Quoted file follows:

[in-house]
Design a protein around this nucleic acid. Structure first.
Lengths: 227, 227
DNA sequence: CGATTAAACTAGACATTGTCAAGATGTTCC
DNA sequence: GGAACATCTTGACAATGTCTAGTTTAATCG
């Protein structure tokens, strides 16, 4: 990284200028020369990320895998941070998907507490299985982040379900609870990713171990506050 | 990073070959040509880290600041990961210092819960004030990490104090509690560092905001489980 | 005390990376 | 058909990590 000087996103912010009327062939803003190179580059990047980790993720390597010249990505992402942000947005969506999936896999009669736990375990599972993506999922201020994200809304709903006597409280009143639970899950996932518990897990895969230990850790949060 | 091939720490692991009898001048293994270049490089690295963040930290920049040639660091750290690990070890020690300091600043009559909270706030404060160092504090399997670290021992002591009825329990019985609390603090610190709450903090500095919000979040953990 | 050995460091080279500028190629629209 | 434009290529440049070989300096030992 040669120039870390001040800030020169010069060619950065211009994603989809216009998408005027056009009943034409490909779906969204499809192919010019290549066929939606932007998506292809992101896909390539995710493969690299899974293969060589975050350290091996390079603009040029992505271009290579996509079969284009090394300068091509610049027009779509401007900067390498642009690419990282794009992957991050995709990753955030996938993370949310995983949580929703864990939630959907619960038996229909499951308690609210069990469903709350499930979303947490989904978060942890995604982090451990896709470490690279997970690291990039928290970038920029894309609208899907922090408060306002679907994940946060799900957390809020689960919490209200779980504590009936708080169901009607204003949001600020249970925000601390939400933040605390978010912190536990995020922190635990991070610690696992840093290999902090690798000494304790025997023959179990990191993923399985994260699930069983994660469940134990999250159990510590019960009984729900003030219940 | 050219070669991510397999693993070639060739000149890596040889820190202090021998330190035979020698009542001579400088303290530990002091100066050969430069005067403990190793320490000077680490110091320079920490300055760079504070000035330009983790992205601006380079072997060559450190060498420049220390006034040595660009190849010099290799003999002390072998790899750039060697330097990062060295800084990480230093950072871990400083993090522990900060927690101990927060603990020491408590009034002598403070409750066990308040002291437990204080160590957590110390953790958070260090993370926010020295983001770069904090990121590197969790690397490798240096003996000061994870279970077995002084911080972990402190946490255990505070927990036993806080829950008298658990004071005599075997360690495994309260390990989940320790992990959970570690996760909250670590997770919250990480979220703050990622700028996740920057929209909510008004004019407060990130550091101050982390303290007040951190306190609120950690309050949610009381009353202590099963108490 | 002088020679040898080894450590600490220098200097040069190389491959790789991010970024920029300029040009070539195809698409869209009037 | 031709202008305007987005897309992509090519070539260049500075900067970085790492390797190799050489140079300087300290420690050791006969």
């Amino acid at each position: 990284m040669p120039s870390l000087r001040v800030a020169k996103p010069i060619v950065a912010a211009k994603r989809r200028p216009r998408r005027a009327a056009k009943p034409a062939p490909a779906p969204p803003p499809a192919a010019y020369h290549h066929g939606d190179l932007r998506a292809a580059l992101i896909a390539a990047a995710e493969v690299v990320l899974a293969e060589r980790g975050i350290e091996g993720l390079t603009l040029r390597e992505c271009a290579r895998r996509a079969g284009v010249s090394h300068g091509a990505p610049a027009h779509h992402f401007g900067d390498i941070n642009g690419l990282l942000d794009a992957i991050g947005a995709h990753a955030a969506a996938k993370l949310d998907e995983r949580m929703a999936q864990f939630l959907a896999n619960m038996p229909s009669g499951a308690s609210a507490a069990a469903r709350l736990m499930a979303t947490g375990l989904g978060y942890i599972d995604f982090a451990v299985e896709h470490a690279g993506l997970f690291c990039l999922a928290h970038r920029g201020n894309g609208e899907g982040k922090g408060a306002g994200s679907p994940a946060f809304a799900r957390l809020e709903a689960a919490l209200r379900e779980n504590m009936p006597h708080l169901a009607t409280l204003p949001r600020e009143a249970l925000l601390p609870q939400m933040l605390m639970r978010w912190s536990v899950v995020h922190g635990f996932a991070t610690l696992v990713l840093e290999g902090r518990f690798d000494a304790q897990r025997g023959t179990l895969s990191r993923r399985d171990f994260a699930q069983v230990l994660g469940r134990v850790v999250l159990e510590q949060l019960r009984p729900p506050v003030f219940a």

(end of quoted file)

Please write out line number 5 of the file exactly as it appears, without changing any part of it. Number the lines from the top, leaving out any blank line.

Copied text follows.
DNA sequence: GGAACATCTTGACAATGTCTAGTTTAATCG